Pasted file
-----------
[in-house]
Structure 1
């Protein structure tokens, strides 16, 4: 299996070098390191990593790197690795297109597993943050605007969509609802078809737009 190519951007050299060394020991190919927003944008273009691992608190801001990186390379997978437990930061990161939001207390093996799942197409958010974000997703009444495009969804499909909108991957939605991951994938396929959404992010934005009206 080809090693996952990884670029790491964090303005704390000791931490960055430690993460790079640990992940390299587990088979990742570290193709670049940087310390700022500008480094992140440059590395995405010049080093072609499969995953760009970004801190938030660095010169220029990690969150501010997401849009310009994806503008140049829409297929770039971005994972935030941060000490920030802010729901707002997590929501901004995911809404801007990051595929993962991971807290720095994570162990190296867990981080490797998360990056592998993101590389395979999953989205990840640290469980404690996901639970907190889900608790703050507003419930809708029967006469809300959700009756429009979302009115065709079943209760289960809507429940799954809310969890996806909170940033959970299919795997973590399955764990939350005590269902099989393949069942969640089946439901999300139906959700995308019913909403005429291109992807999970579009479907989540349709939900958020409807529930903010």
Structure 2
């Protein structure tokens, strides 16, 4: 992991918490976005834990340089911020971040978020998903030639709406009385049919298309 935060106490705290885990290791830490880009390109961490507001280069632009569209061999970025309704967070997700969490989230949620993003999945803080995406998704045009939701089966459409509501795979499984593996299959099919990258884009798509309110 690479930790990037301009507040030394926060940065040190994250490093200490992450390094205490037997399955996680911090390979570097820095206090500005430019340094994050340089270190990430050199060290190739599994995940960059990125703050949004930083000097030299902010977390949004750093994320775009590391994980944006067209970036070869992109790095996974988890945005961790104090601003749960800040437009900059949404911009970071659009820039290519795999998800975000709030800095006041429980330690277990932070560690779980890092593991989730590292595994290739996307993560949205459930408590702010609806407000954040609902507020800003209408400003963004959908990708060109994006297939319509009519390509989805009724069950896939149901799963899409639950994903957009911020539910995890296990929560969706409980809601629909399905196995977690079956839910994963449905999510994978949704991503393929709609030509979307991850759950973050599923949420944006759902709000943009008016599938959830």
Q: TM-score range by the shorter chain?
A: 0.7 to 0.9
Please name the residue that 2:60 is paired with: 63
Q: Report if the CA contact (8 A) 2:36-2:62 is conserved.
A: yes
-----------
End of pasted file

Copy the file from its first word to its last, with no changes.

[in-house]
Structure 1
């Protein structure tokens, strides 16, 4: 299996070098390191990593790197690795297109597993943050605007969509609802078809737009 190519951007050299060394020991190919927003944008273009691992608190801001990186390379997978437990930061990161939001207390093996799942197409958010974000997703009444495009969804499909909108991957939605991951994938396929959404992010934005009206 080809090693996952990884670029790491964090303005704390000791931490960055430690993460790079640990992940390299587990088979990742570290193709670049940087310390700022500008480094992140440059590395995405010049080093072609499969995953760009970004801190938030660095010169220029990690969150501010997401849009310009994806503008140049829409297929770039971005994972935030941060000490920030802010729901707002997590929501901004995911809404801007990051595929993962991971807290720095994570162990190296867990981080490797998360990056592998993101590389395979999953989205990840640290469980404690996901639970907190889900608790703050507003419930809708029967006469809300959700009756429009979302009115065709079943209760289960809507429940799954809310969890996806909170940033959970299919795997973590399955764990939350005590269902099989393949069942969640089946439901999300139906959700995308019913909403005429291109992807999970579009479907989540349709939900958020409807529930903010």
Structure 2
């Protein structure tokens, strides 16, 4: 992991918490976005834990340089911020971040978020998903030639709406009385049919298309 935060106490705290885990290791830490880009390109961490507001280069632009569209061999970025309704967070997700969490989230949620993003999945803080995406998704045009939701089966459409509501795979499984593996299959099919990258884009798509309110 690479930790990037301009507040030394926060940065040190994250490093200490992450390094205490037997399955996680911090390979570097820095206090500005430019340094994050340089270190990430050199060290190739599994995940960059990125703050949004930083000097030299902010977390949004750093994320775009590391994980944006067209970036070869992109790095996974988890945005961790104090601003749960800040437009900059949404911009970071659009820039290519795999998800975000709030800095006041429980330690277990932070560690779980890092593991989730590292595994290739996307993560949205459930408590702010609806407000954040609902507020800003209408400003963004959908990708060109994006297939319509009519390509989805009724069950896939149901799963899409639950994903957009911020539910995890296990929560969706409980809601629909399905196995977690079956839910994963449905999510994978949704991503393929709609030509979307991850759950973050599923949420944006759902709000943009008016599938959830």
Q: TM-score range by the shorter chain?
A: 0.7 to 0.9
Please name the residue that 2:60 is paired with: 63
Q: Report if the CA contact (8 A) 2:36-2:62 is conserved.
A: yes